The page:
When selecting a new roof, it’s essential to carefully consider your options. Metal roofs offer numerous advantages over their asphalt counterparts in terms of energy efficiency and return on investment compared to shingles.
Copper roofs cost between $15-30 per square foot and have an estimated lifespan of over 100 years. Rust-proof and naturally patinaed over time, copper roofing adds elegance and character.
Cost of Materials
Metal roofs come in an assortment of materials. Your choice will impact both cost and lifespan; some options include tin, zinc and stainless steel – each offering greater energy-efficiency while saving money over time.
Your location should also play an integral part; for instance, if you live in an area prone to frequent thunderstorms and severe winds, selecting a stronger material would likely be wiser.
Your roof’s underlayment, which prevents leaks and provides additional insulation, will also have an impact on its cost. Felt may be less costly; synthetic options have an estimated lifespan of over 40 years.
Metal panels can be constructed of aluminum or 24 gauge steel. While stainless steel may cost more, its excellent tensile strength helps minimize corrosion risk and weather damage risk. Panels may be painted or left natural with exposed fasteners – concealed fasteners may cost more but have fewer visual repercussions.
Cost of Installation
Cost is often an influential factor when making the decision to switch to metal roofs, and installation varies according to roof type, size, material usage and pitch – steeper roofs require special safety equipment for installation which increases costs significantly more than flat roofs.
Underlayment costs should also be factored into your total estimate; whether felt or synthetic, underlayment helps prevent leaks while providing insulation benefits – up to 65 cents per square foot more if using felt material!
Your roof’s color plays an integral part in its aesthetics. You can match its hue to that of your home’s siding for a uniform appearance or choose contrasted hues for more of an eye-catching aesthetic. Rust and stainless steel hues offer increased corrosion protection; making them suitable for coastal locations.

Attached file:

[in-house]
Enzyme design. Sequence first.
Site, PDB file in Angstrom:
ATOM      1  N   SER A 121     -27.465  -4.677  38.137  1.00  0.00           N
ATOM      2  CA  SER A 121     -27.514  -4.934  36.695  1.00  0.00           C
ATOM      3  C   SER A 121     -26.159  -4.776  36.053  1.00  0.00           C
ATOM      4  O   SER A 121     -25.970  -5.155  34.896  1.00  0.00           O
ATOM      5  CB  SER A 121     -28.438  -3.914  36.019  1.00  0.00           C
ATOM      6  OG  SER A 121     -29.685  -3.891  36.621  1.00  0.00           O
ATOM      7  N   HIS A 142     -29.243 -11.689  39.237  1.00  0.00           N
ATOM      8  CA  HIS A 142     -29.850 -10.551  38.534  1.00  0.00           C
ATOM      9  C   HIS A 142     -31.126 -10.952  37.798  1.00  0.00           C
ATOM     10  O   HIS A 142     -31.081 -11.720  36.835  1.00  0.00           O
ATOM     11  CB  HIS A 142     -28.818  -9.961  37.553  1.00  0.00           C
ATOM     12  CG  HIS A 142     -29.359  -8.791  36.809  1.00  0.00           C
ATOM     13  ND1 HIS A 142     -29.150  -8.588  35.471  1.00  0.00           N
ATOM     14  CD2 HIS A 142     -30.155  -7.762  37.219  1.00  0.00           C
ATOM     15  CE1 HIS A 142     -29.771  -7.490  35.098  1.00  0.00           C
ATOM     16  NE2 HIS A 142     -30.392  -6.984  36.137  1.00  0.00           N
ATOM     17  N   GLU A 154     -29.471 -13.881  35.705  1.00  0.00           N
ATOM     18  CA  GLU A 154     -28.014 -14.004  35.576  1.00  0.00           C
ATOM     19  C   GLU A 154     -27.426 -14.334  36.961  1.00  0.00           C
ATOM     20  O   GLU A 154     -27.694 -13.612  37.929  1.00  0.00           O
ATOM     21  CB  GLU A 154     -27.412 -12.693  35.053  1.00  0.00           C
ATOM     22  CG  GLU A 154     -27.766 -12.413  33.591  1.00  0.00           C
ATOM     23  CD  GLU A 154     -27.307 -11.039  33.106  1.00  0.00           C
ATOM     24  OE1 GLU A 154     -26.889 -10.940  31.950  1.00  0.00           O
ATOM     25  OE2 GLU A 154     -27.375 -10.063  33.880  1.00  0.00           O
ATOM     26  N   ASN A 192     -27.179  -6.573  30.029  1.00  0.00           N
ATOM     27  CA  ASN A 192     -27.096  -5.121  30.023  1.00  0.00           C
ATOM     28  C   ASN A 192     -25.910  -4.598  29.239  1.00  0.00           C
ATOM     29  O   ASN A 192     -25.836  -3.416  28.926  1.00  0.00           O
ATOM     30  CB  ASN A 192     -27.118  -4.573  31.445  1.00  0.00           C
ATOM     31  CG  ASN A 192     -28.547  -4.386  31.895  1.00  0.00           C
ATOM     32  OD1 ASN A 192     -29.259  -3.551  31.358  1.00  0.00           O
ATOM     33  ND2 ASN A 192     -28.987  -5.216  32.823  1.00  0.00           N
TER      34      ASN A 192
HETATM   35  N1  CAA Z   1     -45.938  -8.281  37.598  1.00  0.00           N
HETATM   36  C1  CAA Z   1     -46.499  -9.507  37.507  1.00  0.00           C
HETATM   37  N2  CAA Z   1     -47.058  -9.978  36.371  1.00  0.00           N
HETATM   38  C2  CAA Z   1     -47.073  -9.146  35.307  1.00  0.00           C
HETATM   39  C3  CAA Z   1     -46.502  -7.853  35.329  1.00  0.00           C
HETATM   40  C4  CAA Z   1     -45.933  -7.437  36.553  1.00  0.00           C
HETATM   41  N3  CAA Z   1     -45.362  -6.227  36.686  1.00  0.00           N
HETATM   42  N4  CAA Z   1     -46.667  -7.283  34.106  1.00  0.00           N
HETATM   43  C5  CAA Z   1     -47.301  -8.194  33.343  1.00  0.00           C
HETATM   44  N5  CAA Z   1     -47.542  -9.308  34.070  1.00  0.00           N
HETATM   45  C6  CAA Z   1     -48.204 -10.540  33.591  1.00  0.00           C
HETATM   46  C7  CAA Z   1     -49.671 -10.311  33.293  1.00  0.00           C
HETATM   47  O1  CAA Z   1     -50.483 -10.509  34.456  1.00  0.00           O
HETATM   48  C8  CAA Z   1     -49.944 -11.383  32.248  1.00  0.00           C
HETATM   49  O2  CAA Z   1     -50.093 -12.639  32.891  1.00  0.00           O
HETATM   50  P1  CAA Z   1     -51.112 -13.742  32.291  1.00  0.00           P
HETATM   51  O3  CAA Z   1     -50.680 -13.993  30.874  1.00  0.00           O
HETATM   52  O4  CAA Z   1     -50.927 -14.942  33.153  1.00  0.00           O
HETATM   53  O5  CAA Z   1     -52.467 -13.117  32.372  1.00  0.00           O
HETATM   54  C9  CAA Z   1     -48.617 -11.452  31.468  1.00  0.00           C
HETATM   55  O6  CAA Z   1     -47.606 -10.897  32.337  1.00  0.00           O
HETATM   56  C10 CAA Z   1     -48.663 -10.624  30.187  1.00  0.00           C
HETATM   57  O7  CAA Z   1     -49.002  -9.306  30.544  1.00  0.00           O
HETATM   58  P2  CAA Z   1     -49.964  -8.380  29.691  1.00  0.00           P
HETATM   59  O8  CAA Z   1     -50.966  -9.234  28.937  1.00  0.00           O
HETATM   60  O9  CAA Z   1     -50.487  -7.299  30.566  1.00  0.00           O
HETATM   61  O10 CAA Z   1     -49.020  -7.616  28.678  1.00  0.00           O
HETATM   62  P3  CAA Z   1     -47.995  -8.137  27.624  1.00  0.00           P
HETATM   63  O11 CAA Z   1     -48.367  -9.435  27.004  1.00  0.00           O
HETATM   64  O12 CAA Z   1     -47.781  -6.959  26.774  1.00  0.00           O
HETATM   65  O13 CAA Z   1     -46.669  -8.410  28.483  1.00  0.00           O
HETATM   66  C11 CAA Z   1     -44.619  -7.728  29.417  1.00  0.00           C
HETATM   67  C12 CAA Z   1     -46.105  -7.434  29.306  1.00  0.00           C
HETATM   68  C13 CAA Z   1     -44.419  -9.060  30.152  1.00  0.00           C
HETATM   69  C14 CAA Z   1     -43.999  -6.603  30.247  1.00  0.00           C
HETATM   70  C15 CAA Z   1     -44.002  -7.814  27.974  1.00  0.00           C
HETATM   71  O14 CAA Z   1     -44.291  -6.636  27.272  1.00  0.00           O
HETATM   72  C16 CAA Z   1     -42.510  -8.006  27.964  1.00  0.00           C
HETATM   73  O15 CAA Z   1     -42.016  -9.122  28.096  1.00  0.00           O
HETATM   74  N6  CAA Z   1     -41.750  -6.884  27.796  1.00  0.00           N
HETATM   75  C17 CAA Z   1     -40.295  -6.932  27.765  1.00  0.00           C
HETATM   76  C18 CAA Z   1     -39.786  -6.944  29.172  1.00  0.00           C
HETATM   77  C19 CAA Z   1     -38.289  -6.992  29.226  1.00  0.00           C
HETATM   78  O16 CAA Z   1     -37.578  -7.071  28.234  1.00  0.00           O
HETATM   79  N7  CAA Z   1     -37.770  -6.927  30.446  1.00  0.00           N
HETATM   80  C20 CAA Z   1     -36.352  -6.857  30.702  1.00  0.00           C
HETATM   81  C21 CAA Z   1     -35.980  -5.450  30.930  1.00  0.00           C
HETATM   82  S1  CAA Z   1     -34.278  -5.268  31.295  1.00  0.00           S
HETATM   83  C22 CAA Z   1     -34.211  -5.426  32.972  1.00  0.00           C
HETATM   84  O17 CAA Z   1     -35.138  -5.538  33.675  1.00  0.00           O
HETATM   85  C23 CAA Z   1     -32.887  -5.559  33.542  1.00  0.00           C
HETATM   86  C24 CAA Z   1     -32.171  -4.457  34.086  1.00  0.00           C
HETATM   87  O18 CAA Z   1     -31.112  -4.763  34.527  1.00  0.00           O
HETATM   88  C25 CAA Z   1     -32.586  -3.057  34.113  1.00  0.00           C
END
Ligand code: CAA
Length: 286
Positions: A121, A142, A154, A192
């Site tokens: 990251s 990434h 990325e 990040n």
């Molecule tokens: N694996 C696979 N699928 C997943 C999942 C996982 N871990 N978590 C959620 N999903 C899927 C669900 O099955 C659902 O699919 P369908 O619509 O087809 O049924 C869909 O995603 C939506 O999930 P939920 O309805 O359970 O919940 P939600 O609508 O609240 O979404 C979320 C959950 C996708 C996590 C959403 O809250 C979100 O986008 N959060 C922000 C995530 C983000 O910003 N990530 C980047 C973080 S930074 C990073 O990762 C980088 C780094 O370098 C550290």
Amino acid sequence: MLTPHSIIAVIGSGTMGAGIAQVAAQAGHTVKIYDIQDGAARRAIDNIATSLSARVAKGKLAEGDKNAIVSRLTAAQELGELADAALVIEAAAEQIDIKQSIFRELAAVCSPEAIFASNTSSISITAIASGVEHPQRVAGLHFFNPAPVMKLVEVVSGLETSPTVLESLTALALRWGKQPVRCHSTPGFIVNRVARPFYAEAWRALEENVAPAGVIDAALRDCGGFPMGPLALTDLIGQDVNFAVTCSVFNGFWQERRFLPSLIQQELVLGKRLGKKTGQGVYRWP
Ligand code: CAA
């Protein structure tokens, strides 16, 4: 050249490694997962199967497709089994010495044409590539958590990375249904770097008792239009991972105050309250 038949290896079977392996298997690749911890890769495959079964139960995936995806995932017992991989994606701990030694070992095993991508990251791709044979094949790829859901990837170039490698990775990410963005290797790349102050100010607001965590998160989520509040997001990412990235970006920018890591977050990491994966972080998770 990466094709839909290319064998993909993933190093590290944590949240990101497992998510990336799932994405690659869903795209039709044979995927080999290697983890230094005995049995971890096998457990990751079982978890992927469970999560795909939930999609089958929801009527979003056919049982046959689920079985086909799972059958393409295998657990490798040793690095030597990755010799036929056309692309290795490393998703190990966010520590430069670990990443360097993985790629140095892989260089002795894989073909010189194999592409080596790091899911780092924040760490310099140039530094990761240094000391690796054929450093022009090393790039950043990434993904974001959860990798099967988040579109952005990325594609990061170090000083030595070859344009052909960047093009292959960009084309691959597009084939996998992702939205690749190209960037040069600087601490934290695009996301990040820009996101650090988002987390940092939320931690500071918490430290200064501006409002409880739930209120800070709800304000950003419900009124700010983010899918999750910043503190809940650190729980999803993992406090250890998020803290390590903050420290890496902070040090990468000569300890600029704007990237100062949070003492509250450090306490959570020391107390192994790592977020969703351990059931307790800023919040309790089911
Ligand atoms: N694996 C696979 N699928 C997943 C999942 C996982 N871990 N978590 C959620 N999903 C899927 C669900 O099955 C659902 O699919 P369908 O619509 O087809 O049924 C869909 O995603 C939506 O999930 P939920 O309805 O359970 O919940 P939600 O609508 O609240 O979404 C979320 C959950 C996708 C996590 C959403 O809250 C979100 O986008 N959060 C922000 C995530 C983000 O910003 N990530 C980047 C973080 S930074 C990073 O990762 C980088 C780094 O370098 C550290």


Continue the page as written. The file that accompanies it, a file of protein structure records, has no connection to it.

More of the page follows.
Lifespan of Roof
Metal roofs often outlive their asphalt counterparts due to their durability. Metal can withstand strong winds and extreme weather conditions like hailstorms that destroy other roofing materials.
Standing seam metal roofs have the potential to outlive their 50 year lifespan when installed correctly and regularly maintained, provided an experienced roofing contractor with knowledge in installing metal roofs is hired as the installation service provider.
Gauge can also play an important role in how long a roof will remain intact, with thinner metals having shorter lifespans and thus being less resilient and durable than their thicker counterparts.
Screw down metal roofs typically last 20 years on average, though their lifespan can be reduced if their panels don’t flex freely when expanding and contracting due to being rigid and inflexible. Walking on such roofs should be avoided for both safety reasons and damage control as even minor weight can crack it and cause cracks to form in its structure; if necessary, take caution with how you manage balance or else accidental damage might result.
Metal roofs have become an increasingly popular eco-friendly building material in recent years, thanks to their energy efficiency, longevity, low maintenance requirements, and ability to reduce electricity bills by reflecting sunlight back onto rooftops and cutting air conditioning costs.
Color plays an essential part in reflecting sunlight away from a roof, sending heat and solar rays up into the atmosphere to be dissipated rather than being trapped within your home. Lighter metal roof colors tend to offer better reflection.
Additionally, properly installed metal roofs can offer some noise insulation benefits to help mitigate the constant air conditioning hum and pitter-patter of raindrops. However, it should be noted that metal roofing options may not be as quiet in areas that experience frequent hailstorms or high wind speeds.